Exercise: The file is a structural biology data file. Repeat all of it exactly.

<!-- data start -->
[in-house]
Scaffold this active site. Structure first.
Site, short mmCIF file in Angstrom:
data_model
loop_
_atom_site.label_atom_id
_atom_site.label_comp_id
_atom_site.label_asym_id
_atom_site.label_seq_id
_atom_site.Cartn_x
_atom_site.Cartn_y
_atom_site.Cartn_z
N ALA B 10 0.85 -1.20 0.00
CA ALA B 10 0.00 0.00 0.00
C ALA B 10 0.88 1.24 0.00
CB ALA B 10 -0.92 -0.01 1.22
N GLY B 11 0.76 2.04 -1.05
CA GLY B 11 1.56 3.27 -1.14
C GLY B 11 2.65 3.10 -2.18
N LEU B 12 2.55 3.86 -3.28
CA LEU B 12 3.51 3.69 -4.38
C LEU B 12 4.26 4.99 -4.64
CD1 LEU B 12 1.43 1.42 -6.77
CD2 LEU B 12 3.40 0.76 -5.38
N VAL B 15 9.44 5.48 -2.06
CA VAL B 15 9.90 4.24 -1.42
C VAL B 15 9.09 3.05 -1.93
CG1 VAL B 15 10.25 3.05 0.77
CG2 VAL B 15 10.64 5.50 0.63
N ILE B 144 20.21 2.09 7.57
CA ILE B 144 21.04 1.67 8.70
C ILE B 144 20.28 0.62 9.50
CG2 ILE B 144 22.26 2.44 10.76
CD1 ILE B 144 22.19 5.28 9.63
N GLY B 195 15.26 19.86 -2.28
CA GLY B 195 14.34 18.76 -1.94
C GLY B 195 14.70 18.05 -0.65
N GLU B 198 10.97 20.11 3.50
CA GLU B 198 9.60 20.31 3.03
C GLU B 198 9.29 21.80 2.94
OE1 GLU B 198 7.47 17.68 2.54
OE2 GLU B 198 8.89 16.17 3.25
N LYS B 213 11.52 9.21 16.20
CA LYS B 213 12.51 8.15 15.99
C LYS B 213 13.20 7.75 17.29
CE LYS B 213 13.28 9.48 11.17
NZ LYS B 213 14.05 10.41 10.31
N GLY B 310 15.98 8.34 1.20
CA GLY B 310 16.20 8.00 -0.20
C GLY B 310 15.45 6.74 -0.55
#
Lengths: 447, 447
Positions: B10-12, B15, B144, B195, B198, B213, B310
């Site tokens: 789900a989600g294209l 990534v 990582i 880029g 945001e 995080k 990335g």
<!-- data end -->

[in-house]
Scaffold this active site. Structure first.
Site, short mmCIF file in Angstrom:
data_model
loop_
_atom_site.label_atom_id
_atom_site.label_comp_id
_atom_site.label_asym_id
_atom_site.label_seq_id
_atom_site.Cartn_x
_atom_site.Cartn_y
_atom_site.Cartn_z
N ALA B 10 0.85 -1.20 0.00
CA ALA B 10 0.00 0.00 0.00
C ALA B 10 0.88 1.24 0.00
CB ALA B 10 -0.92 -0.01 1.22
N GLY B 11 0.76 2.04 -1.05
CA GLY B 11 1.56 3.27 -1.14
C GLY B 11 2.65 3.10 -2.18
N LEU B 12 2.55 3.86 -3.28
CA LEU B 12 3.51 3.69 -4.38
C LEU B 12 4.26 4.99 -4.64
CD1 LEU B 12 1.43 1.42 -6.77
CD2 LEU B 12 3.40 0.76 -5.38
N VAL B 15 9.44 5.48 -2.06
CA VAL B 15 9.90 4.24 -1.42
C VAL B 15 9.09 3.05 -1.93
CG1 VAL B 15 10.25 3.05 0.77
CG2 VAL B 15 10.64 5.50 0.63
N ILE B 144 20.21 2.09 7.57
CA ILE B 144 21.04 1.67 8.70
C ILE B 144 20.28 0.62 9.50
CG2 ILE B 144 22.26 2.44 10.76
CD1 ILE B 144 22.19 5.28 9.63
N GLY B 195 15.26 19.86 -2.28
CA GLY B 195 14.34 18.76 -1.94
C GLY B 195 14.70 18.05 -0.65
N GLU B 198 10.97 20.11 3.50
CA GLU B 198 9.60 20.31 3.03
C GLU B 198 9.29 21.80 2.94
OE1 GLU B 198 7.47 17.68 2.54
OE2 GLU B 198 8.89 16.17 3.25
N LYS B 213 11.52 9.21 16.20
CA LYS B 213 12.51 8.15 15.99
C LYS B 213 13.20 7.75 17.29
CE LYS B 213 13.28 9.48 11.17
NZ LYS B 213 14.05 10.41 10.31
N GLY B 310 15.98 8.34 1.20
CA GLY B 310 16.20 8.00 -0.20
C GLY B 310 15.45 6.74 -0.55
#
Lengths: 447, 447
Positions: B10-12, B15, B144, B195, B198, B213, B310
């Site tokens: 789900a989600g294209l 990534v 990582i 880029g 945001e 995080k 990335g």